The average Pearson correlation coefficients of the number of topscoring features included in the prediction of the incidence of COVID19 in different groups of countries. The red, blue, green, orange, purple, yellow, black, and brown lines represent groups 1 to 8, respectively.
Average results without and with Google Trends data in 215 countries.
Method  MAE^{a}  RMSE^{b}  Pearson correlation  Spearman correlation  
Avg^{d}  Max^{e}  Min^{f}  Avg  Max  Min  Avg  Max  Min  Avg  Max  Min  Avg  Max  Min  
Without Google Trends  5.67  17.20  0.77  10.27  26.00  2.86  0.82  0.99  –0.02  0.76  0.99  –0.02  .018  <.999  <.001 


With Google Trends  5.42  15.32  0.26  9.27  24.40  1.81  0.89  0.99  0.08  0.84  1.00  0.21  .001  .24  <.001 

^{a}MAE: mean absolute error.
^{b}RMSE: root mean square error.
^{c}
^{d}Avg: average.
^{e}Max: maximum.
^{f}Min: minimum.
The results of multiplestep forecasting in 215 countries and territories in the second period.
Method  MAE^{a}  RMSE^{b}  Pearson correlation  Spearman correlation  
Step_5  5.48  9.35  0.88  0.84  .006 
Step_6  5.46  9.21  0.88  0.84  .006 
Step_7  5.44  9.12  0.88  0.84  .006 
Step_8  5.66  9.49  0.88  0.84  .006 
Step_9  5.66  9.46  0.88  0.85  .006 
Step_10  5.70  9.50  0.88  0.84  .006 
^{a}MAE: mean absolute error.
^{b}RMSE: root mean square error.
^{c}
Average performance of different methods in 215 countries and territories.
Method  MAE^{a}  RMSE^{b}  Pearson correlation  Spearman correlation  
Decision tree regression  6.78  11.57  0.81  0.79  .011 
Long shortterm memory  9.13  14.29  0.76  0.78  .025 
Random forest regression  5.42  9.27  0.89  0.84  .006 
^{a}MAE: mean absolute error.
^{b}RMSE: root mean square error.
^{c}
The average results of different time windows of the second period in 215 countries and territories.
Time window  MAE^{a}  RMSE^{b}  Pearson correlation  Spearman correlation  
2 days ahead  4.09  7.40  0.94  0.87  .003 
7 days ahead  5.42  9.27  0.89  0.84  .006 
^{a}MAE: mean absolute error.
^{b}RMSE: root mean square error.
^{c}
We produced 7dayahead and realtime COVID19 forecasts for 215 countries and territories. Our final models performed well in predicting the daily new confirmed cases of COVID19 in most of the countries and territories examined. Of the 215 countries and territories, 198 (92.1%) had MAEs <10 (
The performance of the models in 3 different time periods is shown in
Heat maps of the (a) mean absolute error and (b) Pearson correlation coefficients of the predicted and actual daily new confirmed case numbers in different countries worldwide. The deeper the color, the lower the mean absolute error (a) and the higher the correlation coefficient (b).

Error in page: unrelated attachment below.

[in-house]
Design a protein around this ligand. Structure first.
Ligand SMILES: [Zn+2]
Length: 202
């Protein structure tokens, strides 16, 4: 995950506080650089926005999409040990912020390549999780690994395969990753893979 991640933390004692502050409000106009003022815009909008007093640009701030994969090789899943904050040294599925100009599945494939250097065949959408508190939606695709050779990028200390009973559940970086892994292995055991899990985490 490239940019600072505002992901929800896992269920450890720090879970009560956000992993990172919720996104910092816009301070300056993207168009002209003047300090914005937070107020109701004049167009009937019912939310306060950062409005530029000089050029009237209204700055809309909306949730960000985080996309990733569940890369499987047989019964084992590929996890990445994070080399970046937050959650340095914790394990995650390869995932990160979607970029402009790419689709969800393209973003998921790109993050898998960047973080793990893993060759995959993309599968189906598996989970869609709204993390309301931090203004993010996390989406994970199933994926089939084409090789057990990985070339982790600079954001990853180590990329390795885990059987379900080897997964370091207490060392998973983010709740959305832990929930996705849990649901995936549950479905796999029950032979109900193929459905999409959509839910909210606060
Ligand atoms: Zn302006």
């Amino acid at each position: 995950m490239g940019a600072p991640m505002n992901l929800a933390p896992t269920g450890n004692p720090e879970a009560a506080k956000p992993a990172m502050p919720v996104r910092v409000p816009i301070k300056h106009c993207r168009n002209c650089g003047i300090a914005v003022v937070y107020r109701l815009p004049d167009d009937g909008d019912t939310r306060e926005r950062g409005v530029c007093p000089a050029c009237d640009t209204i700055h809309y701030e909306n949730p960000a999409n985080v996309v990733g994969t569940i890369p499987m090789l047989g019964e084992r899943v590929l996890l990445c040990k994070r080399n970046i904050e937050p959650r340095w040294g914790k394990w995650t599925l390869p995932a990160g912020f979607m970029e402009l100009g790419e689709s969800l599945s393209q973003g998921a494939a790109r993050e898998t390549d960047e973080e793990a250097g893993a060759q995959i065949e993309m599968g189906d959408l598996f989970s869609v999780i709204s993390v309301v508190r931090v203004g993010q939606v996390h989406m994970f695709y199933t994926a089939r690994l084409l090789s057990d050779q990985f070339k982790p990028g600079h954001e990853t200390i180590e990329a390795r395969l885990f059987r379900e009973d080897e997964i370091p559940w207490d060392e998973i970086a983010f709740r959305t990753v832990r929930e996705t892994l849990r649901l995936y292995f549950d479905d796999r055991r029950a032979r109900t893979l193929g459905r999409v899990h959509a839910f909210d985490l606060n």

Performance of the final models in the different groups of countries/territories.
Cluster  Countries/ territories, n  MAE^{a}  RMSE^{b}  Pearson correlation  Spearman correlation  


Avg^{d}  Max^{e}  Min^{f}  Avg  Max  Min  Avg  Max  Min  Avg  Max  Min  Avg  Max  Min  
1  150  5.52  15.00  0.26  8.96  23.45  3.32  0.94  0.99  0.72  0.92  1.00  0.74  <.001  <.001  <.001  
2  38  3.92  10.18  0.36  7.17  14.73  1.81  0.90  0.98  0.65  0.67  0.90  0.25  <.001  <.001  <.001  
3  11  7.38  13.26  1.71  13.77  20.68  5.97  0.77  0.89  0.70  0.81  0.92  0.63  <.001  <.001  <.001  
4  7  6.41  8.82  1.32  14.01  16.86  8.83  0.52  0.63  0.39  0.60  0.76  0.42  <.001  <.001  <.001  
5  6  6.12  15.32  1.76  13.01  23.19  4.99  0.66  0.86  0.50  0.71  0.79  0.58  <.001  <.001  <.001  
6  1  5.72  5.72  5.72  12.75  12.75  12.75  0.27  0.27  0.27  0.58  0.58  0.58  <.001  <.001  <.001  
7  1  2.39  2.39  2.39  2.39  12.17  12.17  0.30  0.30  0.30  0.46  0.46  0.46  <.001  <.001  <.001  
8  1  14.60  14.60  14.60  24.40  24.40  24.40  0.008  0.008  0.008  0.21  0.21  0.21  .24  .24  .24  
Total  215  5.42  15.32  0.26  9.27  24.40  1.81  0.89  0.99  0.08  0.84  1.00  0.21  .001  .24  <.001 
^{a}MAE: mean absolute error.
^{b}RMSE: root mean square error.
^{c}
^{d}Avg: average.
^{e}Max: maximum.
^{f}Min: minimum.
Performance of the models in different time periods.
Time period (2020)  MAE^{a}  RMSE^{b}  Pearson correlation  Spearman correlation  

Avg^{d}  Max^{e}  Min^{f}  Avg  Max  Min  Avg  Max  Min  Avg  Max  Min  Avg  Max  Min  
Feb 04July 17  10.11  20.88  0.31  15.76  33.15  3.94  0.79  0.99  0.03  0.75  1.00  0.04  .009  <.999  <.001  
Feb 04July 31  5.44  15.98  0.28  9.12  25.02  2.71  0.88  0.99  0.05  0.84  1.00  0.13  .006  .83  <.001  
Feb 04Aug 16  5.42  15.32  0.26  9.27  24.20  1.81  0.89  0.99  0.08  0.84  1.00  0.21  .001  .24  <.001